Tips & Tricks on how to make your videos stick
By Cameron Weller
Recording a set to audio is a smart move. Filming a performance could be an even better one. For electronic musicians and DJs, conveying some physical talent like a vocalist or instrumentalist is not easy pull off. Like anything these days, it’s about pushing your music out there in any form consumable. Live-streaming or posting videos of your longer sets can be fruitful and and a lot more fun than you first imagine.
If you are a knob twisting producer/DJ with minimal performing credentials, tricks and/or aesthetics here’s a few things to keep in mind.
Shoot it well
Filming multiple angles is ideal but not essential. If you are going to post a long set, multicamera footage will help splice up the video. If hardware knob twisting is what you do, obviously shoot a bird’s eye view so to achieve the best vantage point to be appreciated by other gear wonks. One of reasons Madeon blew up was because of this video. It wasn’t shot from the right angle but it works for conveying the physicality of using the push controller.
Since that video was posted, ableton’s push and novation’s launchpad has found lots of copycats and created it’s own YouTube sub-genre. With considerable help from animated illuminating lights that subsequent models incorporated, Push is the most video friendly piece of equipment and it’s all because it looks like a hand held rave, keeping hypnotized on the screen.
Don’t make a music video
Keep unrelated footage out of your performance. Keep it true to the intention of demonstrating your live performance. If you veer off and send it to post production editing, keep it minimal and authentic to the stagecraft of performance. Get caught up in visual effects. You can do something that may enhance the visualisation of the content. Basically don’t try and turn your studio performance into a club show if it’s not intended to be viewed by bookers or promoters. This guy should pull the brakes on all the lights. Your studio is not a club no matter how hard you try.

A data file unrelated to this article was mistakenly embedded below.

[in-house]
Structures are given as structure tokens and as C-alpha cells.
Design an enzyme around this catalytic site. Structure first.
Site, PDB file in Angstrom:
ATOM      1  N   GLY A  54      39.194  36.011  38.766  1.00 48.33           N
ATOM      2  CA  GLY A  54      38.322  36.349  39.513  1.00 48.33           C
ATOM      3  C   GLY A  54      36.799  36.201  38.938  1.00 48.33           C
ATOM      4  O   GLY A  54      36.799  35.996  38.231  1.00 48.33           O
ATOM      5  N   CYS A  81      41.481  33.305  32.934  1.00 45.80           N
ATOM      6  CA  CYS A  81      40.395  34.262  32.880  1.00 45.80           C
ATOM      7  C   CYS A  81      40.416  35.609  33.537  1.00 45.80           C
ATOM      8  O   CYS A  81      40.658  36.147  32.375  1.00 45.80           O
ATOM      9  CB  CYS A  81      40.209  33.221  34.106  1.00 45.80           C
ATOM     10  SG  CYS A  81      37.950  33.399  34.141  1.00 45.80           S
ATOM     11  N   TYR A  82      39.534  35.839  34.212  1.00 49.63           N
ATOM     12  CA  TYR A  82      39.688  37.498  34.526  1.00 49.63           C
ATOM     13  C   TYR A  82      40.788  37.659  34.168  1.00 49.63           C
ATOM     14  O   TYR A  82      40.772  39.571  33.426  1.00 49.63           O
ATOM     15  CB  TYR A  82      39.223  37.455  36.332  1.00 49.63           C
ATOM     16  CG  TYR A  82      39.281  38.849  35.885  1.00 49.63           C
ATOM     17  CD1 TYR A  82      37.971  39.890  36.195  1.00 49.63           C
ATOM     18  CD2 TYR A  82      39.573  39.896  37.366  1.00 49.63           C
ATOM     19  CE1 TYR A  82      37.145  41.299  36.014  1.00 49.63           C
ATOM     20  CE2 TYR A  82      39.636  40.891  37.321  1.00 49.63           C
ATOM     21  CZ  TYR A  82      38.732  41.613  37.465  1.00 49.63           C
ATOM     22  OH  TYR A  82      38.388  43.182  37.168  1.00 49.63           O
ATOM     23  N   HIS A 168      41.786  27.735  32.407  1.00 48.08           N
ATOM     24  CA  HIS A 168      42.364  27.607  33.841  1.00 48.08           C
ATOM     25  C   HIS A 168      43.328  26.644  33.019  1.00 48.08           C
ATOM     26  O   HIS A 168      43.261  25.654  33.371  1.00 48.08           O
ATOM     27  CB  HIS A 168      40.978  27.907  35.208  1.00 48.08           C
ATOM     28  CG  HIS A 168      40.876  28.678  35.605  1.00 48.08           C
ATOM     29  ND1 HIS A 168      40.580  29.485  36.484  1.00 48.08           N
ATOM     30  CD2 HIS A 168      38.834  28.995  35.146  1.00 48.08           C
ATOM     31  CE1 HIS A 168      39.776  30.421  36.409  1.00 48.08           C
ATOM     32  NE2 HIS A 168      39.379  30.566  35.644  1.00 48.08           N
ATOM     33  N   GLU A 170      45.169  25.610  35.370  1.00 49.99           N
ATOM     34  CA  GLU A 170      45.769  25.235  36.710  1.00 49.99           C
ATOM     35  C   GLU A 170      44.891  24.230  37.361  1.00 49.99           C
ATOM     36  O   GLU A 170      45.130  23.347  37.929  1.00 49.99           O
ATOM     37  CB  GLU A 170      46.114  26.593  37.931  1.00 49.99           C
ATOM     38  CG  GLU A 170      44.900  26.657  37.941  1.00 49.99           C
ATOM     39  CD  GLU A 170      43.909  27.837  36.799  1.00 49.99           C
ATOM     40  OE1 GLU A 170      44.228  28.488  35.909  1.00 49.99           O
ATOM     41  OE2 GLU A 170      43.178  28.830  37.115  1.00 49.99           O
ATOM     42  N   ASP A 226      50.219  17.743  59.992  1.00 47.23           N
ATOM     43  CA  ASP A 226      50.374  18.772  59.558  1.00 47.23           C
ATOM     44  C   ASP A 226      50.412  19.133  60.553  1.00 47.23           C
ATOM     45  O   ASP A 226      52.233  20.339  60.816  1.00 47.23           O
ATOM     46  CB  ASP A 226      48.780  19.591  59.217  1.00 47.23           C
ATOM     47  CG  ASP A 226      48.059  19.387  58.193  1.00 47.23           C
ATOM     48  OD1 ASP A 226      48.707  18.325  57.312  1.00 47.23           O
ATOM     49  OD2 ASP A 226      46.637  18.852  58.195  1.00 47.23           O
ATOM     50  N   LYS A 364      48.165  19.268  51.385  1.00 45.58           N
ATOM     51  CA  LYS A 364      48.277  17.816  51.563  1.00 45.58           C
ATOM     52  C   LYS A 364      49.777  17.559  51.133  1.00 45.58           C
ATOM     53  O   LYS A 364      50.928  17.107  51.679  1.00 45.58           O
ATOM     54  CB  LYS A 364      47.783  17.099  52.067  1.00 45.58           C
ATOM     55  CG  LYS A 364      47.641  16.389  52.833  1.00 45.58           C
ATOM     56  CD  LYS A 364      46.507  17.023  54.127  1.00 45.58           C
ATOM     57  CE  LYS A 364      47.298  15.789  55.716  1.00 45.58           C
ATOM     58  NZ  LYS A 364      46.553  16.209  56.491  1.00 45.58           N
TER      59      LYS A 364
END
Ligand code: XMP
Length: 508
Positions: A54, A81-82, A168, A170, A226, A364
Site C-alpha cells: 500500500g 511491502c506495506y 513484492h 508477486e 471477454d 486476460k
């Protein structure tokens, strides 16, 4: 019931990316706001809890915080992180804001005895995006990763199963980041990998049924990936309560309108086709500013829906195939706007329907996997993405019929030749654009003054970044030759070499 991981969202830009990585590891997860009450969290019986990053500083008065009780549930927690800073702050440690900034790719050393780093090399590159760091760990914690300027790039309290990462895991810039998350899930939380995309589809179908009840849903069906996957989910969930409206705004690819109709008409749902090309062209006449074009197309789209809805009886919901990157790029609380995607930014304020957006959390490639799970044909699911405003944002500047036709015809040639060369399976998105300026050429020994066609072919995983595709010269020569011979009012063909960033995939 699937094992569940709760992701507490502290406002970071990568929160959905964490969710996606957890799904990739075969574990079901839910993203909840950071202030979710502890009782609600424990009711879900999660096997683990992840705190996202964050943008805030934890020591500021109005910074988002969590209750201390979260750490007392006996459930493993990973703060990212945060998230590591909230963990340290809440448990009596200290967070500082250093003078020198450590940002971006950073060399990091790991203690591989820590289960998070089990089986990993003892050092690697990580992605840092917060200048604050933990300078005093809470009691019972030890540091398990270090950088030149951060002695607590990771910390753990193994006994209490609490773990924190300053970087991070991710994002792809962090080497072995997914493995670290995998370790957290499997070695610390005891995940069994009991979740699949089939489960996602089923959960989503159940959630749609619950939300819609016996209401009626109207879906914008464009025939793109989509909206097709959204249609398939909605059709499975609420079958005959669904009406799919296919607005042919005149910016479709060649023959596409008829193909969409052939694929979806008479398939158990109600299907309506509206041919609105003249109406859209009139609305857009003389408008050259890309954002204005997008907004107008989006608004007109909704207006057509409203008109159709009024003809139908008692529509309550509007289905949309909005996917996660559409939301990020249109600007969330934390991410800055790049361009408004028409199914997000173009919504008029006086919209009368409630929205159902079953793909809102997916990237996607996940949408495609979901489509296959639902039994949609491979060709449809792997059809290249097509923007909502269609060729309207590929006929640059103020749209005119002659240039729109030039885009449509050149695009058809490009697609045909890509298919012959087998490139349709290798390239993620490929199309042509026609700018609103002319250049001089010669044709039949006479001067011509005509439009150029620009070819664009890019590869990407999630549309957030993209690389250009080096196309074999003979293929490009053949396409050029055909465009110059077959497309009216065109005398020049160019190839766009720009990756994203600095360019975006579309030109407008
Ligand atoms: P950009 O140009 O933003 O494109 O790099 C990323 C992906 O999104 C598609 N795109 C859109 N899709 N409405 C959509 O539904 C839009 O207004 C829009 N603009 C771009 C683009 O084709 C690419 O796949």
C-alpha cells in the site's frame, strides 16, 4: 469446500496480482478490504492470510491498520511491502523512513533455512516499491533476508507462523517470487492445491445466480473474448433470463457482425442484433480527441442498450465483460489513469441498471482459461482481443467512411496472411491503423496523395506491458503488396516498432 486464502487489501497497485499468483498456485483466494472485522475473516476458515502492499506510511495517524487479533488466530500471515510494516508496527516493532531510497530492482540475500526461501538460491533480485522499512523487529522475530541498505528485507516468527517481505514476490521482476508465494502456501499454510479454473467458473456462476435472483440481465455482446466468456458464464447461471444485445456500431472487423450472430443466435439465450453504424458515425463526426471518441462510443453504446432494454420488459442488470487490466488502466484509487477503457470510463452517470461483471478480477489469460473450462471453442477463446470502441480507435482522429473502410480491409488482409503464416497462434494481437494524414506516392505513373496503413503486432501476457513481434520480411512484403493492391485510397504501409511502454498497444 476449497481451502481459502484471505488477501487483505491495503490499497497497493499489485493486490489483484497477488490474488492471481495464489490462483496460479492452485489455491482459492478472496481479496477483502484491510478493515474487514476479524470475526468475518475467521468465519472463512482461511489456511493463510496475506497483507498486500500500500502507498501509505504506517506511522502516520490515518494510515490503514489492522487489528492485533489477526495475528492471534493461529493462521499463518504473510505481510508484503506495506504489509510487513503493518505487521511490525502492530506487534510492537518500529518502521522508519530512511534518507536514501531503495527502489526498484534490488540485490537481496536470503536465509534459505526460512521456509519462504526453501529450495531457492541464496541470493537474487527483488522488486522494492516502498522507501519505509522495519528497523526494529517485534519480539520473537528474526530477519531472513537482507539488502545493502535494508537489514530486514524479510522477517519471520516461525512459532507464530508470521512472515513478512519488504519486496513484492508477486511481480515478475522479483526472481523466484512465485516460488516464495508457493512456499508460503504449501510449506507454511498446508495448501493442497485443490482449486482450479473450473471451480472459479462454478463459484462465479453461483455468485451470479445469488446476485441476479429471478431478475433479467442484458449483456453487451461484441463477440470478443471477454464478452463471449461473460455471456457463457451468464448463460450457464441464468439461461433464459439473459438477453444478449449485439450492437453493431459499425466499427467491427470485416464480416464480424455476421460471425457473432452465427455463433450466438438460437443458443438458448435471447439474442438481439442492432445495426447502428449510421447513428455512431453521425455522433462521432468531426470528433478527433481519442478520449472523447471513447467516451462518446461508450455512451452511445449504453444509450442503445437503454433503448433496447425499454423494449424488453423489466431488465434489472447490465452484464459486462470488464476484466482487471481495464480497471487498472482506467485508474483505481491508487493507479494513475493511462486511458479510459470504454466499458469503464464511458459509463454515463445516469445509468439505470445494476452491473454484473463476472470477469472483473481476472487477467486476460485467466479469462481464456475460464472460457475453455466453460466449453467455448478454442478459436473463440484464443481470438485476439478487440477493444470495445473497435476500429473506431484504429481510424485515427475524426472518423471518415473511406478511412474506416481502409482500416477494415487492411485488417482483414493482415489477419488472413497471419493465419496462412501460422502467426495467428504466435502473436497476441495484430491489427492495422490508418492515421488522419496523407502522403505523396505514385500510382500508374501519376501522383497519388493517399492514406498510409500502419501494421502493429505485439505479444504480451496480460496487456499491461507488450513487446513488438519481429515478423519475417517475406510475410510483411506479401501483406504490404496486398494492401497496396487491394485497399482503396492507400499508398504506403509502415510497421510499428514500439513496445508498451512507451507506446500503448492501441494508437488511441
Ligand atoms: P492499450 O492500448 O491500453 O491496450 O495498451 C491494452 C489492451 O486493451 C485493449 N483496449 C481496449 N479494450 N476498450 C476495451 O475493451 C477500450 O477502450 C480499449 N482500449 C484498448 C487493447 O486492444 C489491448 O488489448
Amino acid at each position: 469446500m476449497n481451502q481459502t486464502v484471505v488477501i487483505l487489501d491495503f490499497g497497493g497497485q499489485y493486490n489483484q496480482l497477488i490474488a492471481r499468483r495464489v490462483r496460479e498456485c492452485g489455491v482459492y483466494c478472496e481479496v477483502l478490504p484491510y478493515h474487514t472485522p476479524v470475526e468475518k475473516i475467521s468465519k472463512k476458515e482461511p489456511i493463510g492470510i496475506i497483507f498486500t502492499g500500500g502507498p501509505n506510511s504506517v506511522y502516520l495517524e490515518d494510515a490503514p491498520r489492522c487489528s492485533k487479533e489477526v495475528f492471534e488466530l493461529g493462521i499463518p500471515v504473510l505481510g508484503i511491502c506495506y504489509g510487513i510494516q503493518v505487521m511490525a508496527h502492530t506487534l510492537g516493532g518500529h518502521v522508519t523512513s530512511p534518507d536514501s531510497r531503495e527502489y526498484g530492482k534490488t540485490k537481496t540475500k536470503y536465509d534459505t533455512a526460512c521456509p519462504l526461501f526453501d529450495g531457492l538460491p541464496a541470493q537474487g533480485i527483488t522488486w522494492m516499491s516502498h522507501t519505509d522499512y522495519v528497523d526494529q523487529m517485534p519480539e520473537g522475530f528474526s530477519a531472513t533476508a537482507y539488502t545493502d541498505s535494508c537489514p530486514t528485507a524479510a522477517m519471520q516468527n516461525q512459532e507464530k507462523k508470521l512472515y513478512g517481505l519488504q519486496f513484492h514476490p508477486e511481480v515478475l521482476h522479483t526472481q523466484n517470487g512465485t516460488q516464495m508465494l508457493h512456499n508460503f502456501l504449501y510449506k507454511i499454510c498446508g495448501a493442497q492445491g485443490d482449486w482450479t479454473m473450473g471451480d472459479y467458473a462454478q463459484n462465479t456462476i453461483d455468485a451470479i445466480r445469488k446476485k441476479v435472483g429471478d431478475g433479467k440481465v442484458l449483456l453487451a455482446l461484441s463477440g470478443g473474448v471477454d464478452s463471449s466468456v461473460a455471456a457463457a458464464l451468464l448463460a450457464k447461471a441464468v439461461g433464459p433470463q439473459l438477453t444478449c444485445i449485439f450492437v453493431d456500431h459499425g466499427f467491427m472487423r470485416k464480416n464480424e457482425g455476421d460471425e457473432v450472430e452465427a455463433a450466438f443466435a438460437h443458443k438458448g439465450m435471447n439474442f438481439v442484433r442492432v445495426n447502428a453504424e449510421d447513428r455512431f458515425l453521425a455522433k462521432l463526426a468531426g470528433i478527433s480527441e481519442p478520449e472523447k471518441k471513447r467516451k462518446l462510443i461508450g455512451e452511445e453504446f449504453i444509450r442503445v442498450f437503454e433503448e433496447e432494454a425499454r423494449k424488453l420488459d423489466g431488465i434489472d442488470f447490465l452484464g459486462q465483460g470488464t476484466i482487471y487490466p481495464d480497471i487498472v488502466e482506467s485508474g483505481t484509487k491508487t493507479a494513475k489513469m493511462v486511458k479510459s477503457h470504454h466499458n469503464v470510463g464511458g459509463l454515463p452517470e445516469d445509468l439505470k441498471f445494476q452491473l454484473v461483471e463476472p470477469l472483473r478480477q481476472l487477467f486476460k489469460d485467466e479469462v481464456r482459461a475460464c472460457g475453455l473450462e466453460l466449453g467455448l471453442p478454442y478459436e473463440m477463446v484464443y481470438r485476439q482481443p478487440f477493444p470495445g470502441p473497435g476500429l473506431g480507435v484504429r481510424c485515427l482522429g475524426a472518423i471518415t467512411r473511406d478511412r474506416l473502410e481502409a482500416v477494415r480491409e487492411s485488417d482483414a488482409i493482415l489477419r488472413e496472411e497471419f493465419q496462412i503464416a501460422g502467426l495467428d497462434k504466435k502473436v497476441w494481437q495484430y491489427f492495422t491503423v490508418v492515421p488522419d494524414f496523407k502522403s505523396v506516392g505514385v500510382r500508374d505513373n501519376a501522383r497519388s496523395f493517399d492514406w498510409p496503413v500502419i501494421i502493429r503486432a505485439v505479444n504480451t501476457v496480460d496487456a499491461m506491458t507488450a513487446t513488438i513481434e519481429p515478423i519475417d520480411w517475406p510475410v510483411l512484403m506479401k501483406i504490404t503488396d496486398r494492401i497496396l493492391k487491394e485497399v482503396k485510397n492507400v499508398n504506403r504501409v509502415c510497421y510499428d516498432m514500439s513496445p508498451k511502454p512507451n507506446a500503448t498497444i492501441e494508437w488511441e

The obvious exception to this rule is that if you’ve built illuminating stage props that trigger samples and synths when you strike them, why the hell not use them? But you have to commit to the gimmick. Corin from Purity Ring told me it took 6-8 months to program the animated lights of their stage show and that booking agent offers poured in after the video demos were sent out.
Get some camera accessories
A tripod or a fisheye lens. Any sort of aftermarket addition to your camera or device that might make the footage more interesting for your livestream/video. If you can get a video mixer and multi camera setup to make your performance more interesting, do it. If you can talk to some VJs about what looks the best and what innovations are in vogue, ask for help. I spent an hour talking to Hermitude video guy about their set up after a show once. The amount of VJing live video direction was astounding. If you’ve never seen them before here’s a bit of an idea of video feeding that they project on their stage when performing.
Find a corporate partner
Notice Hermitude video was on the GoPro page? If you think that you’ve got a piece of hardware down to the expert level, why not reach out to that manufacturer and partner to release content on their channels? Here’s my favourite example of the corporate synergy from Minilogue teaming up with ableton from a few years back
Avoid shooting a single still shot from the front on
Unless you need it to have your management pitch you to booking agents and promoters, but even then, have some visuals in the background dominating the frame. Otherwise it appears very awkward.
Watch everything out there
If you are a hardware based minimal tech fan like myself, you’d be familiar with Resident Advisors Live music series RA Sessions. It’s awesome and if you are lucky enough to get invited to do it or something similar, a simple request. Smile more than these artists do.
Record, Record, Record
Tape your studio performance rehearsals and review them before posting. Find the angle that makes you look your best, appear like you know what you’re doing, and most importantly R&D yourself and stay conscious of where you can improve. Viewers want a lot. Ensure you capture them with your polished techniques, eye-pleasing aesthetics, innovative production and maybe a dose of huge tunes as well.
Cam Weller has worked with artist on tours and festivals for more than 5 years, mainly in the dance and electronic music world. He has a communications degree from RMIT and produces content for organisations across various media.